St John Ambulance is paying wages on borrowed money – and that can’t keep happening.
Most people would say there are three branches of emergency services in New Zealand: police, fire, and ambulance.
Police are fully funded by the government. Fire and Emergency New Zealand is funded through an insurance levy. But St John Ambulance – one of two providers in Aotearoa, alongside Wellington Free Ambulance – is a bit different.
In today’s episode of The Detail, Emile Donovan speaks to St John chief executive Peter Bradley about the organisation’s unusual financial model, and the precarious pecuniary position it finds itself in as sponsorships and donations dry up in the aftermath of Covid-19.
St John Ambulance is contracted by ACC and the Ministry of Health to provide ambulance services throughout the country, bar Wellington (which has its own service, Wellington Free Ambulance).
The contract runs for four years, and provides the organisation with about 70 percent of its total funding – about $170 million per year.
But it costs about $240m to run the service. The $70m shortfall is bridged through third party commercial contracts, like the first aid courses it runs; through ambulance part-charges (about $98 per callout); and through donations, which amount to about $30m per year.
Chief executive Peter Bradley says this means every year the organisation and its volunteers have to hit the streets, caps in hand, just to maintain their existing services.
It’s a precarious existence at the best of times – St John recorded an $18m deficit in the year to June 2019 – but Covid-19 is expected to bring with it a brutal financial hit for charities.
The donors and businesses that support St John have less spare cash floating around – meaning a tough task is about to get a lot tougher.
“Putting it crudely, we are relying on people dying to leave us money to know how much income we’re going to get.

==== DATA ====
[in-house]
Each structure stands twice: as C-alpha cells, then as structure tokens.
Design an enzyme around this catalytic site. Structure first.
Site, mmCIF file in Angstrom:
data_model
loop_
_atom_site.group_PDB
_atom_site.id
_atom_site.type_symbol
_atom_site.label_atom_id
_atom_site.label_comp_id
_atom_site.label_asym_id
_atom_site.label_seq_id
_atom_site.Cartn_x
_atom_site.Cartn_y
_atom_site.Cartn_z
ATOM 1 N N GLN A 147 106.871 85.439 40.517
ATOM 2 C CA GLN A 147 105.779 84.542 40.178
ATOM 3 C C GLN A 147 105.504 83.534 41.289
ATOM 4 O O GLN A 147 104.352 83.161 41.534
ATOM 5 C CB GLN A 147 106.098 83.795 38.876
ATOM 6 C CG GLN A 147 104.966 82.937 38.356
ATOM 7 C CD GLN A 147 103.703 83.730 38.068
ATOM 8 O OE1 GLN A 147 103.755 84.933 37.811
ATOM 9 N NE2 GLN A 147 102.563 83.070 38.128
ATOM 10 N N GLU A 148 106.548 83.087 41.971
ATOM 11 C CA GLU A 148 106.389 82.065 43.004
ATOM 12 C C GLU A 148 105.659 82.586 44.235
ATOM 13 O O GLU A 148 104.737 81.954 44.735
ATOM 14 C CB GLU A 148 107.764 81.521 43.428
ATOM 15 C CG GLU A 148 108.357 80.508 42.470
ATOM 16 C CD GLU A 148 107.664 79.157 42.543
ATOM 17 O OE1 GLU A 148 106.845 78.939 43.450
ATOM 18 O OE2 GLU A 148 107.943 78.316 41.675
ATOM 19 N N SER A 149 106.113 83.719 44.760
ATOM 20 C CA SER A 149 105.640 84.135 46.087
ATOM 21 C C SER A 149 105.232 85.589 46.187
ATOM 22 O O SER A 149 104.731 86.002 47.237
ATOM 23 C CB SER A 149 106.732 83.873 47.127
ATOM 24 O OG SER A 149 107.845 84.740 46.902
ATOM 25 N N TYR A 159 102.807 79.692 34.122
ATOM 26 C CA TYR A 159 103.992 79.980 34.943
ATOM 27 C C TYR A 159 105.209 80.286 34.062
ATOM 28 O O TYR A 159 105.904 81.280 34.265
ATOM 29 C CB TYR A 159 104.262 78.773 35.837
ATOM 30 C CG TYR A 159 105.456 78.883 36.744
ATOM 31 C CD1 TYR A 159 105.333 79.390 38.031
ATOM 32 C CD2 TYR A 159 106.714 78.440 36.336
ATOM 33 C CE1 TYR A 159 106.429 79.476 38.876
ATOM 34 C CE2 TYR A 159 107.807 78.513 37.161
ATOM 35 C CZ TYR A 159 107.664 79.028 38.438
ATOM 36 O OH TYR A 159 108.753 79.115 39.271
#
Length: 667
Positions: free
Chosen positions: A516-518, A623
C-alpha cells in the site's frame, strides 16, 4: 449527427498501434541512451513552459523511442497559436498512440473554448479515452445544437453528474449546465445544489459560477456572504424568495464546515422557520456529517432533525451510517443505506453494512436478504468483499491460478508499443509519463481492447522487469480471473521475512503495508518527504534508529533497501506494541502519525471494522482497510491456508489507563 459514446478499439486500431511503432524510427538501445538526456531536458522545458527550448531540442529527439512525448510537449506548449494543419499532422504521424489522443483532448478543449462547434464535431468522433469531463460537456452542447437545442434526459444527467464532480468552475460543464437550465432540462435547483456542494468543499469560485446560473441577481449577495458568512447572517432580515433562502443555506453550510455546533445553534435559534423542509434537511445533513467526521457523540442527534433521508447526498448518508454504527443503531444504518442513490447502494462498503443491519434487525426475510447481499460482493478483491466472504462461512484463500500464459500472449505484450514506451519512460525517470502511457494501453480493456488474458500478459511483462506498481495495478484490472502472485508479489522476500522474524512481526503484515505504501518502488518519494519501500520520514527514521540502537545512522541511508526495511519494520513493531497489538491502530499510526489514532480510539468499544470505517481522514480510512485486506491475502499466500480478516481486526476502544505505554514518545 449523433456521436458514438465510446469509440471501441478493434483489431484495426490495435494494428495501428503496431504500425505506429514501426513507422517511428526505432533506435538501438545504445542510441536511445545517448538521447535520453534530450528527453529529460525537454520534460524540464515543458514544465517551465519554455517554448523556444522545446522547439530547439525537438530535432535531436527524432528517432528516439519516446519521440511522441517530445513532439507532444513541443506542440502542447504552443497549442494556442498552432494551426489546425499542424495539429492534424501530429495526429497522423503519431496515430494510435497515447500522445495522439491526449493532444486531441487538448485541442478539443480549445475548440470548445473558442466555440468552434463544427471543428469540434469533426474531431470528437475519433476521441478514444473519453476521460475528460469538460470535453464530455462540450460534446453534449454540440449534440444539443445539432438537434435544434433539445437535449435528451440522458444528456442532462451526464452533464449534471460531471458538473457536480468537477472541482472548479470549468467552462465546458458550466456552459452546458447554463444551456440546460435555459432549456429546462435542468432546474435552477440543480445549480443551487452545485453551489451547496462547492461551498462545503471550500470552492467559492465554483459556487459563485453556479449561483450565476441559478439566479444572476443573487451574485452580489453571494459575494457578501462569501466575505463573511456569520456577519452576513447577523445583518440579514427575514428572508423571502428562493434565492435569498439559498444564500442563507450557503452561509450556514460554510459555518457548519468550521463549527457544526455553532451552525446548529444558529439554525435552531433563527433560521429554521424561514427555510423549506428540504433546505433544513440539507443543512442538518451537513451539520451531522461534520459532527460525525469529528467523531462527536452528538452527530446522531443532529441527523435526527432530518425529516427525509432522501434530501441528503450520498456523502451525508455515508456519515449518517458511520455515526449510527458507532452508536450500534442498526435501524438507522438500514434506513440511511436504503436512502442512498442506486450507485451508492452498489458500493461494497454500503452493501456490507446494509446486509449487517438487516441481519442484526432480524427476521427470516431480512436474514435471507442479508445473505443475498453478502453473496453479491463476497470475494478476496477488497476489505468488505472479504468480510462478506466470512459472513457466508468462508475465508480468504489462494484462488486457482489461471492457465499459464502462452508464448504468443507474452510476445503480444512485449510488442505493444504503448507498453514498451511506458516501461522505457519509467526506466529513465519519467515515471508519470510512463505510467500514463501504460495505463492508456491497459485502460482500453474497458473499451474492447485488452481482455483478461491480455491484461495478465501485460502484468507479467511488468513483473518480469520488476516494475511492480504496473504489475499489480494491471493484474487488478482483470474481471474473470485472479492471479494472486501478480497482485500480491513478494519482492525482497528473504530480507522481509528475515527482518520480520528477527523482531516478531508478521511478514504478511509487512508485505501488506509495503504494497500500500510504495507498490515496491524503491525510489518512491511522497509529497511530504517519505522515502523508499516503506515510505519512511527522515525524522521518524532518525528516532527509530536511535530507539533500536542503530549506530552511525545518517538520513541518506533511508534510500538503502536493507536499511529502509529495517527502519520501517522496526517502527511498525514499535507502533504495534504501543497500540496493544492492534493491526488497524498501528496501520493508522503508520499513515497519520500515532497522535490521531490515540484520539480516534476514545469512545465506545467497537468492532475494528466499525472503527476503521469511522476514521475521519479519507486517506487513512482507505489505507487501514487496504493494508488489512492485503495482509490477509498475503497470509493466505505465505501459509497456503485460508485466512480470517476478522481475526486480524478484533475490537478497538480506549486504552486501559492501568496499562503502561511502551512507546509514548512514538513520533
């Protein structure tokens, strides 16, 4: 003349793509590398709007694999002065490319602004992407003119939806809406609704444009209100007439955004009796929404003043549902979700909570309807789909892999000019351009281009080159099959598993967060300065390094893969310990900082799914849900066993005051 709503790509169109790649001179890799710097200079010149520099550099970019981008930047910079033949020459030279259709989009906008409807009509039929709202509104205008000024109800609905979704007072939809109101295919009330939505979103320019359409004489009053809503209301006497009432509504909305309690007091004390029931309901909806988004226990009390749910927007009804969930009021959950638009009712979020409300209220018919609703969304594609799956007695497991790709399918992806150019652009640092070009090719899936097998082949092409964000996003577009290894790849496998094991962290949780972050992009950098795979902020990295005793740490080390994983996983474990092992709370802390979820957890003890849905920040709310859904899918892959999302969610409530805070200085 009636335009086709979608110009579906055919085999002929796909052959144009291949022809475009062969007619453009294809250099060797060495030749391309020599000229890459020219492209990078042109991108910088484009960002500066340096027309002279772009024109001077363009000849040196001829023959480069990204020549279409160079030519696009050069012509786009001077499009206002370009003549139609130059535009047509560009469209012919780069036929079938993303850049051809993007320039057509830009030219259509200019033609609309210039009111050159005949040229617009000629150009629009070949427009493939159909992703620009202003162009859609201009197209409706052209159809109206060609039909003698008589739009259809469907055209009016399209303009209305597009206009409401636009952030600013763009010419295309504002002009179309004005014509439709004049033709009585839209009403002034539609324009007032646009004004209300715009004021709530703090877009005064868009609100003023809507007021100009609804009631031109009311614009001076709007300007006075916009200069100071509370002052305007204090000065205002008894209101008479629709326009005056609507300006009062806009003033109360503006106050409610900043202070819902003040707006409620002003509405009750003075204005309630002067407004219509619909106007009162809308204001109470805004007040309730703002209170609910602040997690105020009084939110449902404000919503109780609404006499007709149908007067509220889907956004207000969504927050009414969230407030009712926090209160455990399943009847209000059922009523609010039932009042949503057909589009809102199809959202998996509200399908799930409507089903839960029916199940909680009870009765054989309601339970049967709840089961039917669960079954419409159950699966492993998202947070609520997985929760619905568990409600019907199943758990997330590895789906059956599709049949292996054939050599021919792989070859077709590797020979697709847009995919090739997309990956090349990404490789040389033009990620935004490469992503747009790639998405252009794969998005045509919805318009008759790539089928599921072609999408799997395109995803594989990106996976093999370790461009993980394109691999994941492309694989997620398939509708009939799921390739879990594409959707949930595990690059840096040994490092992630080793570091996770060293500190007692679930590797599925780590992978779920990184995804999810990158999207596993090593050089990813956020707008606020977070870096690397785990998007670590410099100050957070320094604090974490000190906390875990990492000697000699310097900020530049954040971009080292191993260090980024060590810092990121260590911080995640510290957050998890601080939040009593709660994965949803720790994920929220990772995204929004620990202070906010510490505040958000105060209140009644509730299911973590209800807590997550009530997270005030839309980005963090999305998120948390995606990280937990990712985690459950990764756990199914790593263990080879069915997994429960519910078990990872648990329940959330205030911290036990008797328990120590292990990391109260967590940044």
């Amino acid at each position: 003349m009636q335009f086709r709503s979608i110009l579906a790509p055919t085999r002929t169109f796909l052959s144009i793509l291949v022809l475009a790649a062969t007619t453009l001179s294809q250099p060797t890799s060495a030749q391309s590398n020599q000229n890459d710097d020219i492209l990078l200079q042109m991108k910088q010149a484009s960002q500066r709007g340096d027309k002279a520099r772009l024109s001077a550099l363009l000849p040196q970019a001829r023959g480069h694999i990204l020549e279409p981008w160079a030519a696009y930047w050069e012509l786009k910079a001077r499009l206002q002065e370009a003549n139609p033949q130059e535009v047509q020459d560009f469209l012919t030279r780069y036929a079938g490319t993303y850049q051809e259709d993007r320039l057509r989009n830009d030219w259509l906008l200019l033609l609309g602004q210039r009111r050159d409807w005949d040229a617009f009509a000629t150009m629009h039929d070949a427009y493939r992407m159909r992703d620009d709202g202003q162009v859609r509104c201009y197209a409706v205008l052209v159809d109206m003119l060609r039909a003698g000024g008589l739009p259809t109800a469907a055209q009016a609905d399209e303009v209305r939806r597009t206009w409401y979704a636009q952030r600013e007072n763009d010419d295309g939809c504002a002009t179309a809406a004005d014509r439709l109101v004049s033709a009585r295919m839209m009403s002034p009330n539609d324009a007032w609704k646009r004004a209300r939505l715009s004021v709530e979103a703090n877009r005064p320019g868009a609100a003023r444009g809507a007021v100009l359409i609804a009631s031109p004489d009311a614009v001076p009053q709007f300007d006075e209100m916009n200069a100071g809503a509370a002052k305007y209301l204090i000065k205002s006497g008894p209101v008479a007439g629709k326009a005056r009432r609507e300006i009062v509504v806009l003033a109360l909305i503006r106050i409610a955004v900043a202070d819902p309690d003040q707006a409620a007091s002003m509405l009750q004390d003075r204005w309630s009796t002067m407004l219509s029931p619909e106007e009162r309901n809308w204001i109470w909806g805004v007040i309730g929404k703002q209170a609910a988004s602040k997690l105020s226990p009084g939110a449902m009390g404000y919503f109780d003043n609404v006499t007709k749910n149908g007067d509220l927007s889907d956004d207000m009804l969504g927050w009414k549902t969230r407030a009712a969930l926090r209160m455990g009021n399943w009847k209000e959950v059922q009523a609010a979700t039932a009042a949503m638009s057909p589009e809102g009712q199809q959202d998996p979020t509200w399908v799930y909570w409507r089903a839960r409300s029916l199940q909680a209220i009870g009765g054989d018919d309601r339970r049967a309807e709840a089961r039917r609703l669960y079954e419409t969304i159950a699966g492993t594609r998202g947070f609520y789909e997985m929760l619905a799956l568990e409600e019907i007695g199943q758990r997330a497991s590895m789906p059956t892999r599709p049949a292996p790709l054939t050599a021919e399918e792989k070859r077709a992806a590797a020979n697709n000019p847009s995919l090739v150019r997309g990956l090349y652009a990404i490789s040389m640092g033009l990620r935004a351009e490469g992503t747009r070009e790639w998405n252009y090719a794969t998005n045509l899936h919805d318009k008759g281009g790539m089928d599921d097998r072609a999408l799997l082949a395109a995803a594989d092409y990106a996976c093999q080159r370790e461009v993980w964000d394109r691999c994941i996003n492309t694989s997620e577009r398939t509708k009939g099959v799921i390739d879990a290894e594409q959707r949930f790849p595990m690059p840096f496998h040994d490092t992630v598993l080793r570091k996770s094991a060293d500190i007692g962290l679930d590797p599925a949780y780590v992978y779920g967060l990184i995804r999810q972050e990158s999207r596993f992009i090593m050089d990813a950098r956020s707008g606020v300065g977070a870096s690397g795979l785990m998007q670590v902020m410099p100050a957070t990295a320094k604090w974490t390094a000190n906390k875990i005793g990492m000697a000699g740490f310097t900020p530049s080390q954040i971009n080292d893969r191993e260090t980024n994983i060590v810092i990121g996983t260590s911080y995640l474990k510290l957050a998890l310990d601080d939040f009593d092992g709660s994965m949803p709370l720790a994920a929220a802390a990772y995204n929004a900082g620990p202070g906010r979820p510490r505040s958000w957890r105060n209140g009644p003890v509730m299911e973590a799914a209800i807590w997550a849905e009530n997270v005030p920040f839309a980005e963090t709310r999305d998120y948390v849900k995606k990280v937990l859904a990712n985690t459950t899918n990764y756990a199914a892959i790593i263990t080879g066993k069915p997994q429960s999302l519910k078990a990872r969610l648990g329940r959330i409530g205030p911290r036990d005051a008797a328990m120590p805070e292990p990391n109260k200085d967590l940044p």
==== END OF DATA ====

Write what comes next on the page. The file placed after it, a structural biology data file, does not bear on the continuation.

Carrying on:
“It’s a really tenuous funding arrangement … that shows the flaw in the existing arrangements.”
Earlier this year, a leaked memo revealed St John was considering laying off some 100 employees to save $30m.
Peter Bradley says the organisation is at a critical juncture.
“We’re in a situation where we need to see a change.”
A One News/Colmar Brunton poll from 2019 revealed nearly 90 percent of New Zealanders felt St John should be fully funded by the government.
But Bradley says the organisation has, to an extent, been a victim of its own success and strong brand.
“We as an organisation normalised living on the funding we’d received.
“We used our cash reserves up, and our chief financial officer says we run on the smell of an oily rag – but we can’t take the rag away as well.
“Because we’re seen as quite successful, people ask why St John needs an extra $100 million a year?
“We’re not a problem. [But] we have to borrow $20 million every 10 weeks to pay our staff wages.
“We’re in a situation where we need to see a change. We believe this is the final year we can manage this organisation on the funding we get.”
So, what does that mean? What might happen to services? And why hasn’t the government properly come to the party yet?
Listen to the full podcast to find out.
Want more from The Detail? Find past episodes here.